This is the first part of a three-part series on the floods that devastated Ellicott City, Maryland in 2016. Read part 2 here.
ELLICOTT CITY, Md. — Sunday marks one year since a deadly flood ripped through historic Ellicott City.
The day is being remembered as one when ordinary people took extraordinary risks to save themselves and others from the waters.
One story that garnered national attention was that of a store owner who went into the waters to save a stranded woman. Jason Barnes, who owns All Time Toys on Main Street, was in the basement of his store when the water began moving in the night of Saturday, July 30.
“I hopped up the stairs, the back door blew open, water came in and was pouring in,” Barnes said.
From the front of the store, he watched as his car was picked up and washed down the street. Barnes escaped the waters and headed up the street, where he met up with other displaced residents and employees.
The group watched the floodwaters move through in disbelief.
“Shortly after, we saw the little Volkswagen Bug floating down the road with someone in it,” Barnes said.
Barnes, along with several others, banded together to rescue Jamie Knight, all of them locking arms so they could reach her and pull her to safety.
Reflecting on it a year later, a humble Barnes said what he and others did was the right thing to do.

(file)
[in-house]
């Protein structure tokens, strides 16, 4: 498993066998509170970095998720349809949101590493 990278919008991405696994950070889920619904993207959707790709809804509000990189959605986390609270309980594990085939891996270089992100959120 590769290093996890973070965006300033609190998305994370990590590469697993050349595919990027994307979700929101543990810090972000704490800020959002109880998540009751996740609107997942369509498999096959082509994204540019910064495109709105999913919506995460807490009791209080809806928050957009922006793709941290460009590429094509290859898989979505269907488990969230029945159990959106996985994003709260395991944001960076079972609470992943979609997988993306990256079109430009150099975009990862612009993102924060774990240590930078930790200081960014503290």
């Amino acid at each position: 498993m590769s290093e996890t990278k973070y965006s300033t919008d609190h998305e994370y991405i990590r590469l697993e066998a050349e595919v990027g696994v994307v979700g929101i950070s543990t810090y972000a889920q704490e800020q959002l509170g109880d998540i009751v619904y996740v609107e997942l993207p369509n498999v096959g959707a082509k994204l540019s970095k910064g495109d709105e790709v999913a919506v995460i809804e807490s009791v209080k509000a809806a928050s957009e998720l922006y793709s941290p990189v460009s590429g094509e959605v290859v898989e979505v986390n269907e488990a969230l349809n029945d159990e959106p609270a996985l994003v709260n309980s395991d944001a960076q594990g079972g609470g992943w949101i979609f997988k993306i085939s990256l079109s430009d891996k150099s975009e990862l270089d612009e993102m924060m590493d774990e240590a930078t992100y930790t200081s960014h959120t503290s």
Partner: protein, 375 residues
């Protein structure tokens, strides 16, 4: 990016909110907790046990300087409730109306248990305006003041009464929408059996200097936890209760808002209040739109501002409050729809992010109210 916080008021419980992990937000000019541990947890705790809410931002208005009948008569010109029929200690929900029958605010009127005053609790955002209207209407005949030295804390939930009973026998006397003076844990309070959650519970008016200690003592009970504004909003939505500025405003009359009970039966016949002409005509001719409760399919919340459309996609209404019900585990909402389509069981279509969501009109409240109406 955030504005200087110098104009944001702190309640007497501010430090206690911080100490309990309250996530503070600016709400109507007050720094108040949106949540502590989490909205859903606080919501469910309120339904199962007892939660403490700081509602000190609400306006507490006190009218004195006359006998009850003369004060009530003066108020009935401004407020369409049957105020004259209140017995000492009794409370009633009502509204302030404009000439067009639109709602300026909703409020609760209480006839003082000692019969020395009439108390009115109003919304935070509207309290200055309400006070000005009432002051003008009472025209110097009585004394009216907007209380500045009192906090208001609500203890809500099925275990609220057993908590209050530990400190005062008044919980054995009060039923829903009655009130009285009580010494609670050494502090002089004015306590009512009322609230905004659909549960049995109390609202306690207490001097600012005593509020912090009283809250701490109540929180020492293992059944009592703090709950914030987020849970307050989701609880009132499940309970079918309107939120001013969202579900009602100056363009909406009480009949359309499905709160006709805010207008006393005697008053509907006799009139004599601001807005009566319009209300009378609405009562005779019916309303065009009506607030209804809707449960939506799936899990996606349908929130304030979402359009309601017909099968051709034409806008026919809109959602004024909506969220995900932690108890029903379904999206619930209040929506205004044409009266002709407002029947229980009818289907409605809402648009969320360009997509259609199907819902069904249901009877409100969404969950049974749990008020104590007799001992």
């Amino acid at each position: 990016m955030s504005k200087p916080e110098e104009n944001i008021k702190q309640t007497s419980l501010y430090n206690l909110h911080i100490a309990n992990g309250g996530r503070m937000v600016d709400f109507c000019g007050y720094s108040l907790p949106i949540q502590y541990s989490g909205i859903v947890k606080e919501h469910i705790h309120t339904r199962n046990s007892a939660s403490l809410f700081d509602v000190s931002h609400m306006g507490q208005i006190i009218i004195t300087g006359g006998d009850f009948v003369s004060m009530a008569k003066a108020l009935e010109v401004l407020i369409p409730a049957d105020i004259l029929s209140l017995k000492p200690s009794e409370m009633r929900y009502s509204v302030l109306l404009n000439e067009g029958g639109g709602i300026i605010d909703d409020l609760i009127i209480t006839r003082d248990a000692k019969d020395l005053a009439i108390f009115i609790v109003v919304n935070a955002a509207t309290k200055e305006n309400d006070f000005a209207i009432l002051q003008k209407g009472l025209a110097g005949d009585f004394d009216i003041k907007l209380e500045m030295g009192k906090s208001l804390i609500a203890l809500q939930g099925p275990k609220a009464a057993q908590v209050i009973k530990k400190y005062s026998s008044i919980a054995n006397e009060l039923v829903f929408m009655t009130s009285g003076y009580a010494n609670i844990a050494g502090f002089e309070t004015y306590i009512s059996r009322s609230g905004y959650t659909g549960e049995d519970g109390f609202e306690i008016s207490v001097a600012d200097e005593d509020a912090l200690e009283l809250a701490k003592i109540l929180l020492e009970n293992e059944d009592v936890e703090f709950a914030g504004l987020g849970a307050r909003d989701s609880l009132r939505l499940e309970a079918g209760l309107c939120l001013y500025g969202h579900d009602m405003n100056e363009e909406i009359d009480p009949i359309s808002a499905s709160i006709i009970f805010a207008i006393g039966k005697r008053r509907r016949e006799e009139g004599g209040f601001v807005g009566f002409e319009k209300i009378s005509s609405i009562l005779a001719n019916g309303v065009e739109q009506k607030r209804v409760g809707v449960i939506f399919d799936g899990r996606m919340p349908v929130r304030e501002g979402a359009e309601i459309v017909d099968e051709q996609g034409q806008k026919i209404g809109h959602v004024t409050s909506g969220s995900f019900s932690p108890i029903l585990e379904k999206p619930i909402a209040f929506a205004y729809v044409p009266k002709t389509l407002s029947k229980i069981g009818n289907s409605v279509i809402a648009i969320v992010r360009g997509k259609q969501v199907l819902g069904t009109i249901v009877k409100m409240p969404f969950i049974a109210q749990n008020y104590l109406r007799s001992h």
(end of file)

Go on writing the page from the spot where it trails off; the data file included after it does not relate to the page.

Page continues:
“We all have an equal stake in life, so just being able to do the decent thing, I don’t think it was heroic,” he said.
Before the flood, Barnes didn’t know the woman he saved. He would only see Knight pass by from time to time. After the flood, Barnes said, he and Knight realized they have a lot in common. They’re now friends, and their conversations have since moved past the flood and what took place that evening.
Down the street from Barnes’ store is Sally Tennant’s Discoveries shop. She was inside when the wave of water slammed into her storefront.
“I ran like hell to get out of here,” Tennant said.
She ran to her upstairs apartment, and the water followed as she climbed the stairs, Tennant said.
She grabbed her frightened cat and put it in a suitcase because she couldn’t reach its carrier. “He was so scared; he didn’t make a sound,” Tennant said.
Tennant ran into her bathroom and hoisted a suitcase with the cat through the window and she followed. As she waited on the roof for the fire department, Tenant watched with dismay as the water overwhelmed the town she loved and called home.
Tennant lost her car that night, and endured thousands of dollars of damage to her business, which was uninsured but has since reopened. Her apartment was also damaged.
For Tennant, fears of another flood in the area are very real. But like many others in the town, she considers herself fortunate just to be alive.
“I was stunned by the devastation,” she said.
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